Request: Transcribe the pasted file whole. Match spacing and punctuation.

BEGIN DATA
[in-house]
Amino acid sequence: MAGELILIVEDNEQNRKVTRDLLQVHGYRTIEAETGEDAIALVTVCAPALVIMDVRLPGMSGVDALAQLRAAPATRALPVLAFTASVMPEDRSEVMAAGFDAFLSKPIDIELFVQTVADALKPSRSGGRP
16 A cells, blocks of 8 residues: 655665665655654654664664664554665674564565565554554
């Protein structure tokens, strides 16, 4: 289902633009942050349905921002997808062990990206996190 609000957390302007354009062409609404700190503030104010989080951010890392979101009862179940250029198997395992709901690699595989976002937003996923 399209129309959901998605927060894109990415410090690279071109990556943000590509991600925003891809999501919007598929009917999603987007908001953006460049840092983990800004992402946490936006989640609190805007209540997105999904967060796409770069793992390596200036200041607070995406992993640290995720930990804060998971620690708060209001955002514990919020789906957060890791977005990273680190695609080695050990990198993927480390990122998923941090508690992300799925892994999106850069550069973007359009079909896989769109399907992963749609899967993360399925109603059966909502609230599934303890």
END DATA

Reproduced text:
[in-house]
Amino acid sequence: MAGELILIVEDNEQNRKVTRDLLQVHGYRTIEAETGEDAIALVTVCAPALVIMDVRLPGMSGVDALAQLRAAPATRALPVLAFTASVMPEDRSEVMAAGFDAFLSKPIDIELFVQTVADALKPSRSGGRP
16 A cells, blocks of 8 residues: 655665665655654654664664664554665674564565565554554
């Protein structure tokens, strides 16, 4: 289902633009942050349905921002997808062990990206996190 609000957390302007354009062409609404700190503030104010989080951010890392979101009862179940250029198997395992709901690699595989976002937003996923 399209129309959901998605927060894109990415410090690279071109990556943000590509991600925003891809999501919007598929009917999603987007908001953006460049840092983990800004992402946490936006989640609190805007209540997105999904967060796409770069793992390596200036200041607070995406992993640290995720930990804060998971620690708060209001955002514990919020789906957060890791977005990273680190695609080695050990990198993927480390990122998923941090508690992300799925892994999106850069550069973007359009079909896989769109399907992963749609899967993360399925109603059966909502609230599934303890």